Dehydration

Dehydration

Last week I was camping and the weather had 50 degree variance within 2 days. At first, I was freezing and a day later, it was so hot I couldn’t breathe. I felt so parched and lethargic. Welcome to Spring in New York: the weather is vacillating between cold and hot. Or it goes from hot to very hot. If you don’t have enough fluids you could be at risk of dehydration.

Dehydration is a condition where there is a lack of fluids in the body. Either the total body fluid level is low, or, (more commonly) there is a low level of fluid in the blood vessels. Whichever the cause, dehydration can lead to several devastating effects including shock.

Causes of Dehydration

It is important to determine the cause of the dehydration, in order to properly treat it. Dehydration can be due to not ingesting enough fluids, losing too much fluids, or not replacing lost fluids fast enough. Losing fluids can stem from such causes as vomiting, diarrhea, sweating.

The most common causes of dehydration are gastroenteritis (“stomach bug”) that causes either vomiting and/or diarrhea; infections or swellings in the mouth or throat that make drinking and eating painful; and fevers that raise the body temperature causing loss of fluids.

There are other conditions that can cause dehydration, including heat stroke from playing sports in heat and sweating too much. Certain recreational drugs and medications can lead to an increased metabolic rate and a reduced desire for fluids. Diabetes can also cause a life threatening case of dehydration.

Manifestations

The symptoms of dehydration can be vague, which makes it difficult to asses with great accuracy the degree of dehydration. In general, dehydration is categorized into three broad categories: mild, moderate, and severe. It is based on the constellation of all the physical signs.

In mild dehydration the person is alert and the mucous membranes of their lips, mouth and throat are still normal, their eyes look bright. Their heart rate might be slightly elevated, but their urine output is diminished.

In moderate dehydration, the person is lethargic. Their mouth, lips, throat and are dry. Their eyes have a sunken appearance. They have diminished tears and a fast heart rate.

In severe dehydration, the patient is confused and difficult to arouse. Their mouth lips and throat are parched and cracked and dry. They have a fast heart rate and are breathing fast. Their pulse is faint, and difficult to find. Their eyes are sunken and they do not urinate.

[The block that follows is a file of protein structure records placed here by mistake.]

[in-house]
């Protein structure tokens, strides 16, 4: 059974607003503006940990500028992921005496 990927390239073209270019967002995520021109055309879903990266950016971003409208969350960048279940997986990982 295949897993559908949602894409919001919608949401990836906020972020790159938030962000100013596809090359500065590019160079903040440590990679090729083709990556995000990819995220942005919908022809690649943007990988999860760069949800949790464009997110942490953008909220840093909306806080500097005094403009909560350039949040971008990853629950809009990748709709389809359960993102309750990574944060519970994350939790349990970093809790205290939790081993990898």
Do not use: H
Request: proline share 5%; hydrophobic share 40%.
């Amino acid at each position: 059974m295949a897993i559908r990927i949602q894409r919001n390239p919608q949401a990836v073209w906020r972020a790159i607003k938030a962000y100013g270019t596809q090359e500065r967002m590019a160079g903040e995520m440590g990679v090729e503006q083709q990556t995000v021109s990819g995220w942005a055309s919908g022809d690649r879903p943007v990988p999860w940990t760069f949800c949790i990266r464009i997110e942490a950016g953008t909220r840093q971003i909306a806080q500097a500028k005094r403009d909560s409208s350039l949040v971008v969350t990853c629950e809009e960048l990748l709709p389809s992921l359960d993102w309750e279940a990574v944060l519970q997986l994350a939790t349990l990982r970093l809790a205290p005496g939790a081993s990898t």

History of Patient

It is important to assess the history of the person who is suspected of being dehydrated. It is crucial to know what type of fluid and the quantity of fluid they ingested; how much are they urinating, including amount and frequency and the color and smell. In a baby, it is necessary to find out how many wet diapers did they have; do they have diarrhea, how frequently and watery are their stools; are they vomiting? How often and how many times have they been in contact with sick people, especially people with gastroenteritis; do they have any underlying medical conditions; do they have fever; how is their appetite; have they lost weight?

Treatment

Oral Rehydration Solutions (ORT) are appropriate for mild to moderate dehydration. Only products such as Pedialyte should be used because they have the correct level and ratio of salts and sugar. Clear fluids such as apple juice, ginger ale (and milk, even though it’s not clear) should not be used for rehydration. They don’t have the appropriate ratio of salt to sugar, and they have too much sugar which causes problems with water absorption and can make diarrhea (if there is) worse.

Intravenous Treatment (IV) is the best treatment for dehydration. However, normally it is reserved for use by emergency departments. Some certified urgent care clinics are able to administer IV therapy to treat dehydration. If an urgent care clinic has IV therapy, they can administer this treatment as an alternative to going to the Emergency Room. Now that we see spikes in temperature, patients come to the clinics more frequently after having been out in the sun too long. They complain of feeling dehydrated and fatigued, especially when they have an over consumption of alcohol. IV supplementation can be a great way to get back on track.

 

Written by: Jacob Gerlitz

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